Trade Union Law of the PRC (limits workers to party-controlled union affiliation) State Security Law, Article 4 (which lists specific "state-endangering" acts in vague language) Emergency Response Law (which limits the spread of false information during disasters, such as the SARS outbreak and the Chengdu earthquake).Estimated Reading Time: 7 mins. Feb 25, · The Law Library of Congress' Introduction to China's Legal Structure A Brief Introduction to the Chinese Judicial System and Court Hierarchy by Yifan Wang, Sarah Biddulph and Andrew Godwin. China’s Political Institutions and Leaders in Charts by Susan V. Lawrence, Specialist in Asian Affairs, Congressional Research odishahaalchaal.com: Nongji Zhang.
This guide provides some useful resources for the study of Chinese law and important materials available through Harvard Library and the Harvard Law School Library. If you have reference questions on Chinese law, you may request a research consultationor email our Reference Department at research law.
The Whaf legal system is a socialist system of law based primarily on the Civil Law model. The diagram below from the Law Library of Congress illustrates the structure of the Chinese court system:. Many libraries or librarians have created useful research guides on Chinese legal research. If you don't find what you are looking for on this guide, you should also take a look at these other research guides.
General research guides for Chinese studies are also valuable sources for the study whaf Chinese law. Harvard University Digital Accessibility Policy. It looks like you're using Internet Whaat 11 or older. This website works best with modern browsers such as the latest versions of Chrome, Firefox, Safari, and Edge. If wgat continue with this browser, what does it mean when you spam a number may see unexpected results.
Toggle navigation MENU. People's Republic of China Legal Research This guide provides an overview of some of the best resources for Chinese legal research in both Chinese and English. Introduction to China's Legal System Welcome! The Legal System of China from Pkulaw. China Law Research Chinz Many libraries or librarians have created useful research guides on Chinese legal research.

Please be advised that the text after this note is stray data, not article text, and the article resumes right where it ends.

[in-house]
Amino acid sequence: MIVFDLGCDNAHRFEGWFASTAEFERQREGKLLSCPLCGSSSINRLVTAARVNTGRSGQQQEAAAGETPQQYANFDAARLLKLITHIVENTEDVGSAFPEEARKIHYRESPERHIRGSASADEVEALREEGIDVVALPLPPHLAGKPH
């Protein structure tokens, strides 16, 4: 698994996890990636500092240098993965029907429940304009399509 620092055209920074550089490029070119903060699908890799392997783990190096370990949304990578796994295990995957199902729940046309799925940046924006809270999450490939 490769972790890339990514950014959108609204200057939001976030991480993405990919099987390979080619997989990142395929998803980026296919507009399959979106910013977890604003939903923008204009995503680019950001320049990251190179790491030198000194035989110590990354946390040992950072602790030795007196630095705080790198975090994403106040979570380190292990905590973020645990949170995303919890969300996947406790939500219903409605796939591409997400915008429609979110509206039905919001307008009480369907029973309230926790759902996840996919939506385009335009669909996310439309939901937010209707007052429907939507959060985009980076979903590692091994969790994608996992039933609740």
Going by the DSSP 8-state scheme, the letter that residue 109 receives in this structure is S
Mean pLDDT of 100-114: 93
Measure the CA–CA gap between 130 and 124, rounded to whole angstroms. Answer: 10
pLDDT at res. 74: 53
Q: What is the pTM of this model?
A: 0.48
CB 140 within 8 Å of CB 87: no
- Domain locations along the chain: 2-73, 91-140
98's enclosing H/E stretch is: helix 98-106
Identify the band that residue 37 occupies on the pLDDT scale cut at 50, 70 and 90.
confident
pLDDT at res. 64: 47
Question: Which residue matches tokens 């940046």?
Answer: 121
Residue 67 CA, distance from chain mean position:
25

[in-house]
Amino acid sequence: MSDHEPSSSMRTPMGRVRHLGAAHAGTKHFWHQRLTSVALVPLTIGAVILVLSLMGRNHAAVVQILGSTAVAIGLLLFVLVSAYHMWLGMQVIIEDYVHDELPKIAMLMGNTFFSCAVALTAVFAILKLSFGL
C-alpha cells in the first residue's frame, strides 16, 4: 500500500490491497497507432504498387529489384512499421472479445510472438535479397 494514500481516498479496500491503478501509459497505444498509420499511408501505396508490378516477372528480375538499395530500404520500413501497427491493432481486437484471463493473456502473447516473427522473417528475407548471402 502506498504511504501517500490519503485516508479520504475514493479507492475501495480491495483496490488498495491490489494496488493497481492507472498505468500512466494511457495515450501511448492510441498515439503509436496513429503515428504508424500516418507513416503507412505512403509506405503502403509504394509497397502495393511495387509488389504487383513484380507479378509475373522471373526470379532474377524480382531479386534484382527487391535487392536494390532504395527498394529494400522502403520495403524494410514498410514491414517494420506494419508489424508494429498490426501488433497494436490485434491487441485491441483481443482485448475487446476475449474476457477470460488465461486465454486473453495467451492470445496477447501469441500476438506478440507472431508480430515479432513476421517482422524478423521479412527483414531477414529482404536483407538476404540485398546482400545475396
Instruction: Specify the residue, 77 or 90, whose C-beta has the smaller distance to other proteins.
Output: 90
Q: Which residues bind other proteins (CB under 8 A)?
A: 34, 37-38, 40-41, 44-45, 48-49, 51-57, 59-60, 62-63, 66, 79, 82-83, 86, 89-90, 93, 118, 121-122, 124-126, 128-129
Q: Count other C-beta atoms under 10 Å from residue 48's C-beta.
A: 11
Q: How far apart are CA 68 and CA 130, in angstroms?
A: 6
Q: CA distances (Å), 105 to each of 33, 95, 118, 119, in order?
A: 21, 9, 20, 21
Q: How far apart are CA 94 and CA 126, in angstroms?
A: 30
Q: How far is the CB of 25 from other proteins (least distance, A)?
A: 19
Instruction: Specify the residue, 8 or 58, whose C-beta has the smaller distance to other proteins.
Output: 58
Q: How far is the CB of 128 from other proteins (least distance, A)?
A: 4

Chinese Studies Research Guide General research guides for Chinese studies are also valuable sources for the study of Chinese law. Online Resources for Chinese Studies in North American Libraries From the Library of Congress, this research guide provides introductions to library collections and hyperlinks to ade on Chinese studies in major North American libraries.
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For example, China’s intellectual property law (the area of law concerned with patents, copyrights, and trademarks) at least ostensibly meets the international standard required by the Trade Related Intellectual Property (TRIP) agreement of the World Trade Organization (WTO). Nov 22, · Technically, under Chinese law, all are equal, but it is often—as it is elsewhere in the world—that some are more equal than others. According to the Estimated Reading Time: 8 mins.
Law of the People's Republic of China , officially referred to as the Socialist legal system with Chinese characteristics , is the legal regime of China , with the separate legal traditions and systems of mainland China , Hong Kong , and Macau. During the Maoist period - , the government had a hostile attitude towards a formalized legal system, because Mao and the Chinese Communist Party CCP "saw the law as creating constraints upon their power.
Courts were closed, law schools were shut down and lawyers were forced to change professions or be sent to the countryside. There was an attempt in the mids to import a socialist legal system based on the Soviet Union. But from the start of the "anti-rightist" movement in 9 to the end of the Cultural Revolution around the PRC lacked most of the features of what could be described as a formal legal system.
This policy was changed in , and Deng Xiaoping and the CCP put into place an "open door" policy which took on a utilitarian policy to the reconstruction of the social structure and legal system where the law has been used as useful tool to support economic growth. Since then, China has continued to develop a formal legal system.
A huge increase in the amount of legislation passed and the increased focus on implementing and enforcing law has allowed for a more stable legal environment compared to the Maoist period. The country is currently in a period of transition as its legal system continues to develop.